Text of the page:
We did expect markets to improve in 2017, but the extent of it was a positive surprise. We didn’t expect that 2017 would see a demand growth rate of 5%, nor a fleet growth 3.2%. A much weaker growth rate was forecasted for both. However, Chinese demand has exceeded expectations on the upside and as that happened, fleet growth exceeded expectations on the downside, denting some of the upside potential.
As the rest of the world either imports a steady amount of dry bulk commodities or slows down its imports – China’s importance to the market becomes even more evident. Once again it was the steel industry dominating the development. Iron ore imports were up by 7% on 2016, as steel production grew by 6.3% (2017-9M).
At the end of 2017, BIMCO continued its “Road to Recovery” market analysis, with the third update outlining the projected path towards a profitable industry. It highlighted that 2018 could become the first year since 2011, with the industry returning a profit, but we shouldn’t be too hasty. It is mostly in the hands of the shipowners, as fleet growth may increase as little as 1% if handled with care. As BIMCO’s expectations for demand growth in 2018 is slightly higher than that, fundamental improvements will follow if slow steaming is kept up.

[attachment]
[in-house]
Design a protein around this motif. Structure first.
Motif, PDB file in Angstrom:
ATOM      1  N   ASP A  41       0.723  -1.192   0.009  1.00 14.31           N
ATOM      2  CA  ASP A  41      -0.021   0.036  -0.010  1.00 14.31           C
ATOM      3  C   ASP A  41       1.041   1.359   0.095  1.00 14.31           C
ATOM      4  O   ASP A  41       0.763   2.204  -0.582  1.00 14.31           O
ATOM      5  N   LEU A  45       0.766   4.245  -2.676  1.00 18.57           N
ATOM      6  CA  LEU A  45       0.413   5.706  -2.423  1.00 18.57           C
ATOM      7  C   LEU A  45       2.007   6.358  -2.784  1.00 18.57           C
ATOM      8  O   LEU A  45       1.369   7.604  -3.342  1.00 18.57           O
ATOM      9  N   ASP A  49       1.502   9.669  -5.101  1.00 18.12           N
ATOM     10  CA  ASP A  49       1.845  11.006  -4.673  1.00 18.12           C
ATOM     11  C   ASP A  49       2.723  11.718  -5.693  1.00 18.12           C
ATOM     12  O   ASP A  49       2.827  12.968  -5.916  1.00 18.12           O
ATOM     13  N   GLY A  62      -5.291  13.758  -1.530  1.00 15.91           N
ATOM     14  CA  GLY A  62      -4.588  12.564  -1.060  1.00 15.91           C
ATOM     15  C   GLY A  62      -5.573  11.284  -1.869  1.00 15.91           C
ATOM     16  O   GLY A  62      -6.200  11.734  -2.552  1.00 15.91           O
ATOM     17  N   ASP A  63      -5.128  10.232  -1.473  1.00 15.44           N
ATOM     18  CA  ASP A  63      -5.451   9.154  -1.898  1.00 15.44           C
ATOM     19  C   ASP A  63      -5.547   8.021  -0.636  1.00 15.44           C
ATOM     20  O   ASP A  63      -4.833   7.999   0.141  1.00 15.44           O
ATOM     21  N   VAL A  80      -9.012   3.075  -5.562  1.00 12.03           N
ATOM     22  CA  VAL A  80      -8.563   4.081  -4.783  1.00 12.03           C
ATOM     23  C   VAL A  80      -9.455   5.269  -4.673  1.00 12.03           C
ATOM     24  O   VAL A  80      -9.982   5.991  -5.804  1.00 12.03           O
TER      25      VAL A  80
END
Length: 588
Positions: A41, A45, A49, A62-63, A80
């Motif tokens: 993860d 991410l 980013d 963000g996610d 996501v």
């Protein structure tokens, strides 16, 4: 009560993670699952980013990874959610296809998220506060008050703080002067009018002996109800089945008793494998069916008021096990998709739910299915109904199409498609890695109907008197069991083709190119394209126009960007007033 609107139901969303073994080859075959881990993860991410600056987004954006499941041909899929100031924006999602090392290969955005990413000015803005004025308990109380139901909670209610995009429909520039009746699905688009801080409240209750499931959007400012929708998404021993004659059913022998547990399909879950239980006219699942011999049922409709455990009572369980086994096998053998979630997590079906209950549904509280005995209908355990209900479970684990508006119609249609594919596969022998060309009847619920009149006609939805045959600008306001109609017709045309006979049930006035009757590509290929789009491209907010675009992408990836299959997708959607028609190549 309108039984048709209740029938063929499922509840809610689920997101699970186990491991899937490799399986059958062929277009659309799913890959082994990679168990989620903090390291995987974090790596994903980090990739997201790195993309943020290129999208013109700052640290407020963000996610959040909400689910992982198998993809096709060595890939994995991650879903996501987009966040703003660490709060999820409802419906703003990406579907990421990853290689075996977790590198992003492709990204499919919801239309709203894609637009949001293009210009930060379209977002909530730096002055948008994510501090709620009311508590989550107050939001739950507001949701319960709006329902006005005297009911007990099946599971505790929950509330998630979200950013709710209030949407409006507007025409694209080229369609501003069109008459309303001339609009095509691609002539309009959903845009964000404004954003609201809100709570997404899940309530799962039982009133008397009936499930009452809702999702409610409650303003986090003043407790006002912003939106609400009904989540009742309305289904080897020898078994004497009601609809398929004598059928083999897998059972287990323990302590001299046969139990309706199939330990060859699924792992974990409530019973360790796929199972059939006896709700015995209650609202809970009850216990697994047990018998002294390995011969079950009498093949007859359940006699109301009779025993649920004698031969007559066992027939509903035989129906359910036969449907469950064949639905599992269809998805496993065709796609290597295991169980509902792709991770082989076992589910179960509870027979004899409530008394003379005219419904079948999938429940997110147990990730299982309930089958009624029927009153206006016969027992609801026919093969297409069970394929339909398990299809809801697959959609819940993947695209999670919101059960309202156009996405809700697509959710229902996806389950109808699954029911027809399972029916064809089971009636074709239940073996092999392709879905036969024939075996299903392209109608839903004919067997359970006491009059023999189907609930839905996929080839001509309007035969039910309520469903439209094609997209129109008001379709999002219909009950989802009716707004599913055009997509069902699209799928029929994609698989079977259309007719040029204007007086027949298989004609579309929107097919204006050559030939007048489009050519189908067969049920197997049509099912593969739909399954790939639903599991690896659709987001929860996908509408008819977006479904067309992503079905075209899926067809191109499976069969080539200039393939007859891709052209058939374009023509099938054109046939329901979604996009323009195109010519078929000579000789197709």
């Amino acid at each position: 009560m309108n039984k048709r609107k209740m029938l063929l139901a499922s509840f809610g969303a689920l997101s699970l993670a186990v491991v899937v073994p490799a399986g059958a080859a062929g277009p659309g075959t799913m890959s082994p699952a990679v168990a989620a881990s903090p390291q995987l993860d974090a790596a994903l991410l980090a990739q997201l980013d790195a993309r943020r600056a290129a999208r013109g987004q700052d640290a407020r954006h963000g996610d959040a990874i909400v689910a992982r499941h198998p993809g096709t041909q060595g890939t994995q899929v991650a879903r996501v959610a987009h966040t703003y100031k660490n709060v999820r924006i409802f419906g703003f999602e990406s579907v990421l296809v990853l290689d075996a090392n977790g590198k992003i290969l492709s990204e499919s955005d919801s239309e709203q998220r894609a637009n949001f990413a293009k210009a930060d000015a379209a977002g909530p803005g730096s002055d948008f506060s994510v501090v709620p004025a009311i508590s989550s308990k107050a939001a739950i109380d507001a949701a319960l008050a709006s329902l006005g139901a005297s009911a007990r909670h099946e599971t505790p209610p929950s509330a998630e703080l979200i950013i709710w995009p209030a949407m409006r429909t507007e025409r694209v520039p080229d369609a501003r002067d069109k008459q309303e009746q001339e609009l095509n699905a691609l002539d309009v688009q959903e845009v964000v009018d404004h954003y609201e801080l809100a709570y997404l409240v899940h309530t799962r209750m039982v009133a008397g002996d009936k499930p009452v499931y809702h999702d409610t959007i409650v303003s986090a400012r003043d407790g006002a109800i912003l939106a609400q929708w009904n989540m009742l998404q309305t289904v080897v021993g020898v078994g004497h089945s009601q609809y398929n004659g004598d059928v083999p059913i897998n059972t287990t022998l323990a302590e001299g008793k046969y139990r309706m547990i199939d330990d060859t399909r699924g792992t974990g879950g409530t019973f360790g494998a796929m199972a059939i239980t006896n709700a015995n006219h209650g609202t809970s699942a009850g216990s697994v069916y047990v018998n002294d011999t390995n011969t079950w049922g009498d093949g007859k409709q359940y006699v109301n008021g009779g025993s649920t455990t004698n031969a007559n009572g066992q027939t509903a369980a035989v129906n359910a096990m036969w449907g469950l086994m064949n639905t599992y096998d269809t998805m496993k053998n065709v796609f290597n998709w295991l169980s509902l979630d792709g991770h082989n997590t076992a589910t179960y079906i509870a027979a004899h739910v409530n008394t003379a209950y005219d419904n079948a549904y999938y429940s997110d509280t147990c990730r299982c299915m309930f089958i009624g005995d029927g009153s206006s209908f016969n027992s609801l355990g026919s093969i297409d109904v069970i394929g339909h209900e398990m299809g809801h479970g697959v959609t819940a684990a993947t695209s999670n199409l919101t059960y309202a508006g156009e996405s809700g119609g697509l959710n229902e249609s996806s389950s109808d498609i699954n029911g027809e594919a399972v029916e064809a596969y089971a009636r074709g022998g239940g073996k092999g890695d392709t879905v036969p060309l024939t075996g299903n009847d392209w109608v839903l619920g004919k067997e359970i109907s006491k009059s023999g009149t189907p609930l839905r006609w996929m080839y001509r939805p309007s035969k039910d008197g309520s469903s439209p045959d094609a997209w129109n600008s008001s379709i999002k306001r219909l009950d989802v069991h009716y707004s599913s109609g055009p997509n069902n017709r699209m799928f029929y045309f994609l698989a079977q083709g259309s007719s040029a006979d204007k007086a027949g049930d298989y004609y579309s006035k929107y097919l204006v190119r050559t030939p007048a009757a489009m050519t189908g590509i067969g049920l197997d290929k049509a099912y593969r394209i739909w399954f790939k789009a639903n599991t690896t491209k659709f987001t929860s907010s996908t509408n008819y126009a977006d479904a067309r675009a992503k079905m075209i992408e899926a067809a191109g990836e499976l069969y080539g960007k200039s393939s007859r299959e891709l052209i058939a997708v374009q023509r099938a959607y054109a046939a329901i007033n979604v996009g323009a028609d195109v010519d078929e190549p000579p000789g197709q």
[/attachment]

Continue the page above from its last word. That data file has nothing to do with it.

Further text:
For 2018, the challenge is for owners and operators to maintain slow steaming. BIMCO expects the supply-side to grow by around 1% in 2018 (3.2% in 2017E)
The prolonged draw down of global crude oil and oil product stocks proved to be a drag on tanker demand throughout 2017. While this came as no surprise, many PR departments from oil producers were busy telling us that the oil market fundamentals would balance “any day now”.
In Q4, the oil producers gave in, playing the blame-game for a while before extending the OPEC supply deal into 2018. However, believing in the return of stronger tanker demand sooner rather than later, may have prompted tanker owners to postpone demolition.